Hiking/Camping with Children in the Pac NW: Food and Hydration

We might be good at the food thing at home, but this is the area we struggle with the most when we’re camping. Don’t get me wrong, we’re always well fed, we just bring too much and wish we could get away from bringing cans of food. I’ll share what we’ve done in the past and what strides we’re making to improve our food situation in the coming years.

We usually have oatmeal for breakfast. Steel cut oats are the best, but instant oatmeal will do just fine and can be helpful for bigger groups. We have a super handy Jetboil that we’ll cook our oatmeal in. And when we’re done, we’ll use it for some tea. (Note: this would be a great time to make some nettle tea) Just because you’re camping doesn’t mean you have to get rid of all the little luxuries. A cup of tea starts all of my mornings, my mornings outdoors just wouldn’t be the same without it. If you’re a coffee drinker, you can find those little packs of instant coffee at Starbucks I think. I love that our breakfasts are always made without a fire. You wake up in your warm and cozy sleeping bag and know you have to get up and out into the cold. You have to pee and you know it’s going to be a super cold pee and you’re hungry. The last thing I want to have to do is build a fire before I get my breakfast and tea. These are just a few of the reasons I highly recommend having an alternate food heating source.

Bananas, apples and oranges are great fruits to bring since they come with their own protective sleeve, but if you want something more sturdy and compact, dried fruits do a wonderful job. Pineapples and mangoes are my favorite dried fruits, but pick whatever you like best. I know kids usually love apple and banana chips.

One of my favorite things to do for camping trips is make my own trail mix. I’m not a fan of premixed trail mixes so I spend some time in the bulk section of the grocery store getting bags of my favorite things and then toss them in a ziploc bag before I go. If it’s going to be hot on your trip leave out anything that can melt. My favorite mix: macadamia nuts, cashews, pecans, chocolate chips, peanut butter chips, coconut, dried mango slices, dried pineapple slices and granola clusters (I just shake the granola and take the large chunks).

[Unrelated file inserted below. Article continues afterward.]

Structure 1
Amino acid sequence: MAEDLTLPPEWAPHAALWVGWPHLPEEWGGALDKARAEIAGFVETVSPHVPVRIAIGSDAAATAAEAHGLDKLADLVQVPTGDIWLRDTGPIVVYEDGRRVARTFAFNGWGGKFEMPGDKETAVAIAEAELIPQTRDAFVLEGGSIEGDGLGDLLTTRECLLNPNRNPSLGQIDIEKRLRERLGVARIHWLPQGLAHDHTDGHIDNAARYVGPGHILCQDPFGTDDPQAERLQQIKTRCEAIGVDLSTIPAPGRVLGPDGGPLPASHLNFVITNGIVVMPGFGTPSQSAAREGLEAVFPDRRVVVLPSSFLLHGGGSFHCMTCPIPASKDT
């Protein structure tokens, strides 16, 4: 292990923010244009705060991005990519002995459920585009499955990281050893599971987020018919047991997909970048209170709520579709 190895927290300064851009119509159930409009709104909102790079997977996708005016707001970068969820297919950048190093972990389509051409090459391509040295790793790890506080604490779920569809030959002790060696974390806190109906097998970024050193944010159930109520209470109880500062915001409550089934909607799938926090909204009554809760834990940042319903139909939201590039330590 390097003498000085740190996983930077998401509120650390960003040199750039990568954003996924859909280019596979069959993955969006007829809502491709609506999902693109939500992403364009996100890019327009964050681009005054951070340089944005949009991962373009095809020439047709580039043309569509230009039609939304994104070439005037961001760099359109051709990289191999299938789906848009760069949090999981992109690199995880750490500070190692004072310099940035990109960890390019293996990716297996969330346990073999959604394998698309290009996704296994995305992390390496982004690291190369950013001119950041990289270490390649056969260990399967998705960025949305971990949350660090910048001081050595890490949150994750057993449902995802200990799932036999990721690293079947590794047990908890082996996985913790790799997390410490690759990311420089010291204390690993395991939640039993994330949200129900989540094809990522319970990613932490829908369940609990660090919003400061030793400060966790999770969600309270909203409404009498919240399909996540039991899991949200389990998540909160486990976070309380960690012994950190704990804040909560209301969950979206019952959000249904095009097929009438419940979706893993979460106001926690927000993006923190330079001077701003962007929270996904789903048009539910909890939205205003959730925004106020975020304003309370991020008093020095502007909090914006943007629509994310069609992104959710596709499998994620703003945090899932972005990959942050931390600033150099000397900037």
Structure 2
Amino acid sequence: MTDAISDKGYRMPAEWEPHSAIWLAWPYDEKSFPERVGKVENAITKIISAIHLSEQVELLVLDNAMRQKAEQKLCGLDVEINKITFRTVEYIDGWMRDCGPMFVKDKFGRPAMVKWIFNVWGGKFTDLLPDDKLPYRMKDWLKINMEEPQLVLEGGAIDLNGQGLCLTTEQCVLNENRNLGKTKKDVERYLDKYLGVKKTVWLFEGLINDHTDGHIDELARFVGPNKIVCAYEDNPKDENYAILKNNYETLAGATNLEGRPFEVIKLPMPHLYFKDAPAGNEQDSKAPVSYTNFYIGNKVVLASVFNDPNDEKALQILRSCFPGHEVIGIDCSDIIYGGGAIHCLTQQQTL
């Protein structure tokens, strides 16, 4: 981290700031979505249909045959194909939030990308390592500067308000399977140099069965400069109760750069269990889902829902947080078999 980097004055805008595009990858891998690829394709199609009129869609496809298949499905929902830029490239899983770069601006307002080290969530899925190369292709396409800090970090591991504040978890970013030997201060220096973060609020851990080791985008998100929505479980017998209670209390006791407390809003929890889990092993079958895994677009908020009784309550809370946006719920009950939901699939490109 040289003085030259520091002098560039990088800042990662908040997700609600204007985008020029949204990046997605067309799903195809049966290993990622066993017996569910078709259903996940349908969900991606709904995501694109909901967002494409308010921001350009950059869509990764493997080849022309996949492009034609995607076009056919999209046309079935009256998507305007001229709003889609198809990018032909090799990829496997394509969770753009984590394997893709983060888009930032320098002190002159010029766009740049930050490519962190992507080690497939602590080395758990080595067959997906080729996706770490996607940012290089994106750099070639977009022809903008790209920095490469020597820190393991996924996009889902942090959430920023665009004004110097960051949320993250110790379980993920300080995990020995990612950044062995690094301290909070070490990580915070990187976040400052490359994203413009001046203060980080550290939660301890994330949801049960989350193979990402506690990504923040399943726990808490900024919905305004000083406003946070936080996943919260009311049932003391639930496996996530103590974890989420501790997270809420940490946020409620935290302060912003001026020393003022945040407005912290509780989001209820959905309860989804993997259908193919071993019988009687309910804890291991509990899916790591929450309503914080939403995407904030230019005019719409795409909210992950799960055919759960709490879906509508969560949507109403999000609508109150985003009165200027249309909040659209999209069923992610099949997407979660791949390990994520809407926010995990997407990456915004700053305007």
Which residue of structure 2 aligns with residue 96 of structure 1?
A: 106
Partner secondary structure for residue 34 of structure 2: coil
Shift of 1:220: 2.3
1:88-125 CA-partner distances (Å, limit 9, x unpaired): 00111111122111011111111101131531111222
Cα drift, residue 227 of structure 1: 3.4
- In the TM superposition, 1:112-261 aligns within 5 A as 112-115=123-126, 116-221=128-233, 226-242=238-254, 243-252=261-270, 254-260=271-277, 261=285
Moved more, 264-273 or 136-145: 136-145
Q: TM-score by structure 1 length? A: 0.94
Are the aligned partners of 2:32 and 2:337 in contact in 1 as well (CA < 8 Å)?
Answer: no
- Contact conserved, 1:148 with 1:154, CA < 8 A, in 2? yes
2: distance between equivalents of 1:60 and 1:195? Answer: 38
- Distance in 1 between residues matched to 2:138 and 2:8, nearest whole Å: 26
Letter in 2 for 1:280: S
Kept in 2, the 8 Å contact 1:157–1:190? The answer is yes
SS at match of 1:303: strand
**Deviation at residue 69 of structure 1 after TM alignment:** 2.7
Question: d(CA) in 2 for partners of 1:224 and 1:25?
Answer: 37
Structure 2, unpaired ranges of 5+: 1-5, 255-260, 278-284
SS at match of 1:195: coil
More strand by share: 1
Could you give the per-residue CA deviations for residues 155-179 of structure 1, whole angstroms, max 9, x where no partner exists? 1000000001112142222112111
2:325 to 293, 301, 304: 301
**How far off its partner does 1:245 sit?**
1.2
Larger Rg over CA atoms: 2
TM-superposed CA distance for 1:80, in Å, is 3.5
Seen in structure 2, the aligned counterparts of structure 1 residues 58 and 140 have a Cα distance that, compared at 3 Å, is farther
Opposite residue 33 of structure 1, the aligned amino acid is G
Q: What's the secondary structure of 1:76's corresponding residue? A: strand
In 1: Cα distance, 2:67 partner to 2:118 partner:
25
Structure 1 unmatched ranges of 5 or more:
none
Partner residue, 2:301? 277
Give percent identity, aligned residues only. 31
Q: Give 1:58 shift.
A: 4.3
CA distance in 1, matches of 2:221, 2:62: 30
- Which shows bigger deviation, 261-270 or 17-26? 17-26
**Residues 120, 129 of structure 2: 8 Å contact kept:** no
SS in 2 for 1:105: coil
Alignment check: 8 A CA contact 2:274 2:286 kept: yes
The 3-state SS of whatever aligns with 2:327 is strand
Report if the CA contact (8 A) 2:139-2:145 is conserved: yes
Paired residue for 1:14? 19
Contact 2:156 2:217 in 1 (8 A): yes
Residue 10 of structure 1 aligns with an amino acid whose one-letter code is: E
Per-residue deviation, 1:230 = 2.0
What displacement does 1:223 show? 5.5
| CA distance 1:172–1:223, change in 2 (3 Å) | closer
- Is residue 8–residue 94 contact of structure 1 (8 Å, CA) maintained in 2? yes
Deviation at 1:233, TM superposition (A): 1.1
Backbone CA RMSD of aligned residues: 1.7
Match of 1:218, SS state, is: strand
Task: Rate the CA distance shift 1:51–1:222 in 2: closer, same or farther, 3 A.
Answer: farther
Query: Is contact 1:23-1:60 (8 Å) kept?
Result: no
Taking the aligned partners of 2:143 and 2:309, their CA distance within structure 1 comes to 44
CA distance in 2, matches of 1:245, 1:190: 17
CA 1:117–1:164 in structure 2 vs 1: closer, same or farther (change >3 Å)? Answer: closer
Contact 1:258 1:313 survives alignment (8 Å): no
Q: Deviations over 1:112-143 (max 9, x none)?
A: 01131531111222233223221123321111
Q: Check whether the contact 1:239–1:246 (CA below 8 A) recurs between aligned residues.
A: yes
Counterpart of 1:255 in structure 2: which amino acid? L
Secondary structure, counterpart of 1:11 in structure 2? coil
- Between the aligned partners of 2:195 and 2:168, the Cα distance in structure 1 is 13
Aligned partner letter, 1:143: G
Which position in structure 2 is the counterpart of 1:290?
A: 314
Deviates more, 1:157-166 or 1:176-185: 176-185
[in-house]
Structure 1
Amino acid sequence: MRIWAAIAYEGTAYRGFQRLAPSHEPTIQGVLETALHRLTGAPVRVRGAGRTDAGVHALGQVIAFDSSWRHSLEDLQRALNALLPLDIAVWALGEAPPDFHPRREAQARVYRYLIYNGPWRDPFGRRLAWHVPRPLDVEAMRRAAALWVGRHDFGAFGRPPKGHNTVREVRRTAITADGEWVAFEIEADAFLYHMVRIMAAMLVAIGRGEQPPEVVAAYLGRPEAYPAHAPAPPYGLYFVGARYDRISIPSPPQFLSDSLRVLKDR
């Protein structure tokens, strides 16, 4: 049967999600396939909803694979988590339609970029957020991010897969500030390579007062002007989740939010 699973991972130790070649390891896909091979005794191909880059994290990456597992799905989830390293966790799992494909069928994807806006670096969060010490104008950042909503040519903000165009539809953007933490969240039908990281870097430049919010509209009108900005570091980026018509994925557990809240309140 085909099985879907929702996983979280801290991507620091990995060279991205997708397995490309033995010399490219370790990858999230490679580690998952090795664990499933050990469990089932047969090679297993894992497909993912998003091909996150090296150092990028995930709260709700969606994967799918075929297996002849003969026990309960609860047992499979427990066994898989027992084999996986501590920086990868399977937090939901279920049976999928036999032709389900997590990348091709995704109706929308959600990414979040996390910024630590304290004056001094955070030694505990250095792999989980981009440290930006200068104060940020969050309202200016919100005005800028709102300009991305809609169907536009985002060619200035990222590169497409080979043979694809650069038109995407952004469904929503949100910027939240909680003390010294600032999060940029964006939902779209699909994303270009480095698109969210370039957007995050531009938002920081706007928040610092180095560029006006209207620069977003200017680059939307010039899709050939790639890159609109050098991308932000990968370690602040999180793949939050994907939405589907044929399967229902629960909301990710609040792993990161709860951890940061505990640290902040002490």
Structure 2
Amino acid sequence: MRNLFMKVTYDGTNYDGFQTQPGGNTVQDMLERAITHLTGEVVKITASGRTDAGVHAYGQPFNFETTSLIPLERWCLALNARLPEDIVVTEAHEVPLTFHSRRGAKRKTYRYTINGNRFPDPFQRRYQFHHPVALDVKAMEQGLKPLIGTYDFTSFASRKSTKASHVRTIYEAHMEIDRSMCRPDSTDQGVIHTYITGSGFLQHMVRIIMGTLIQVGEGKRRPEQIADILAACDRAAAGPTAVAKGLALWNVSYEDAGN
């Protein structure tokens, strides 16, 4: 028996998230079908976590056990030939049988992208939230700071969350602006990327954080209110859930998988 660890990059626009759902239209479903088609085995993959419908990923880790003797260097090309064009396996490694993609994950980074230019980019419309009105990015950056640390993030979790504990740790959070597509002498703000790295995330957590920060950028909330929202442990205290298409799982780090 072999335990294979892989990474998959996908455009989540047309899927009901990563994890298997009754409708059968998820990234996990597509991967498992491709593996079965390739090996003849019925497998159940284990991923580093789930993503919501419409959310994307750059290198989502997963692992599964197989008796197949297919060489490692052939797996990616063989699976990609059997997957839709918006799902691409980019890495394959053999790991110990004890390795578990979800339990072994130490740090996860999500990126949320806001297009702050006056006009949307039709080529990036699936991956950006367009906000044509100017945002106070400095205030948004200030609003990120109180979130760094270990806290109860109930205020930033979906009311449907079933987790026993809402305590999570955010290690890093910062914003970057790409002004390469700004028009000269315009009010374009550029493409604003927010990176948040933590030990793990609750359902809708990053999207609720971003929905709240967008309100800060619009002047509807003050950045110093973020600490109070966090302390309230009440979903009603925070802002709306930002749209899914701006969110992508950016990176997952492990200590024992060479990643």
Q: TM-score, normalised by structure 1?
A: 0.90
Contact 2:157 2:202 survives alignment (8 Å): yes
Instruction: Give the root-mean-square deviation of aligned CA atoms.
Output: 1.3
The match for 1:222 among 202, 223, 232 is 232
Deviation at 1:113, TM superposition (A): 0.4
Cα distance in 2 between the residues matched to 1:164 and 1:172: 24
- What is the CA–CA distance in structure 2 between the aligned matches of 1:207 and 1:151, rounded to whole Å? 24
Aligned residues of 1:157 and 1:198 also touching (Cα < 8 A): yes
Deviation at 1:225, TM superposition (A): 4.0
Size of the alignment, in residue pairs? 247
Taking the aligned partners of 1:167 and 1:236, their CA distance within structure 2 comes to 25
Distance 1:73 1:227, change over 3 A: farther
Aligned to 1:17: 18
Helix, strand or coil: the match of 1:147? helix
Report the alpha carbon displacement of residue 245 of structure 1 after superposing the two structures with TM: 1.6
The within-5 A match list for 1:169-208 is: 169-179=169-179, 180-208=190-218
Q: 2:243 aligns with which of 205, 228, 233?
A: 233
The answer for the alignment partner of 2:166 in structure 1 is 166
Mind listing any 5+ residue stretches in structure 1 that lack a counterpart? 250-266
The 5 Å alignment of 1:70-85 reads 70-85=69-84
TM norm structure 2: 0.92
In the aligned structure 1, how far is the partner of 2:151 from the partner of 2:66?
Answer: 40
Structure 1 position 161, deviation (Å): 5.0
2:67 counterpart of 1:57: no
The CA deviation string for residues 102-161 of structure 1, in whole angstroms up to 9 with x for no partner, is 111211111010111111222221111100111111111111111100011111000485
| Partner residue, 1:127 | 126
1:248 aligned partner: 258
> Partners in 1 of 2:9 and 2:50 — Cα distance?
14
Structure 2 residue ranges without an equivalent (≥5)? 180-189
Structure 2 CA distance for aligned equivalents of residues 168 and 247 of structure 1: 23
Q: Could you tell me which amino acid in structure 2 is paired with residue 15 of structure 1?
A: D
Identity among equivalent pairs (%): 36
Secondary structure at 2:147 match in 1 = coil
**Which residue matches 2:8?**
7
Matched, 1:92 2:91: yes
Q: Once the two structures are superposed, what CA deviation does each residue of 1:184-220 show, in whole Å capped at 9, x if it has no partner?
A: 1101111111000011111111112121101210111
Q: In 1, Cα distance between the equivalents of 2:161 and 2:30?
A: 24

We rarely have a designated lunch time since we snack throughout the day. Oftentimes we’ll have a can of green beans or corn and call it good. And for dinner we usually bring a couple cans of chili. But we’re really really trying to get away from bringing cans. It just seems ridiculous to pack those heavy things around for miles. We’re working on a dried soup mix that doesn’t have 18 times the amount of sodium you need in a day – I’ll let you know if we come up with something good there. Cured meats and jerky can pack a punch, but again, I hate the loads of sodium. You can purchase camping meals that come in a bag that are pretty similar to MRE’s. They do the trick, but taste like crap. If you have a little cooler, it can be fun to bring some bacon or hot dogs to cook over the fire. Ramen (and other ramen like meals) are lightweight meals, but again – the sodium. As you can see, we are struggling with the dinner thing. We’re fed, but we’re carrying around cans or are eating sodium rich foods. This is part of the reason we’re working on our foraging skills. It would be so lovely if we were skilled enough to not have to bring much in the way of food, but find it on our journeys.

A small fishing kit is super handy if you’re going to a lake or river. We ate a whole pan full of brook trout one time and it was such a lovely escape from the cans we were used to. Of course you can hunt as well. We’re not hunters so I don’t have a whole lot of advice there.

And for dessert… S’MORES! If you have room in your pack, don’t forget the s’mores. Warm, gooey, messy, yummy fun. You know the deal. Roast ’em and eat ’em or light your marshmallows on fire and play with them like they’re sparklers.

On hydration: We don’t have a steripen yet so we haul water along. It’s the heaviest thing we bring so a quick investment is in order. We almost always go places with ample water supply so it’s pretty silly for us to haul water along with us. But whether you plan on bringing a water purifier or packing your own – take hydration seriously. It will keep you alive.

We’ll be back tomorrow with talk about shelter. Have a good Wednesday!



Filed under Food, Hiking/Camping with Kids Series, Outdoors

2 responses to “Hiking/Camping with Children in the Pac NW: Food and Hydration

  1. Ann Gibson

    I highly recommend the book _Simple Foods for the Pack_. Real recipes, largely from home-dried and purchased-dried foods. I have the 2nd edition but I see there’s a newer one available now. Haven’t tried it yet with the kids but plan to this summer.

  2. Thanks so much Ann. I will have to check out that book. I hadn’t really thought to look for a book on food for the pack, but it could be quite valuable.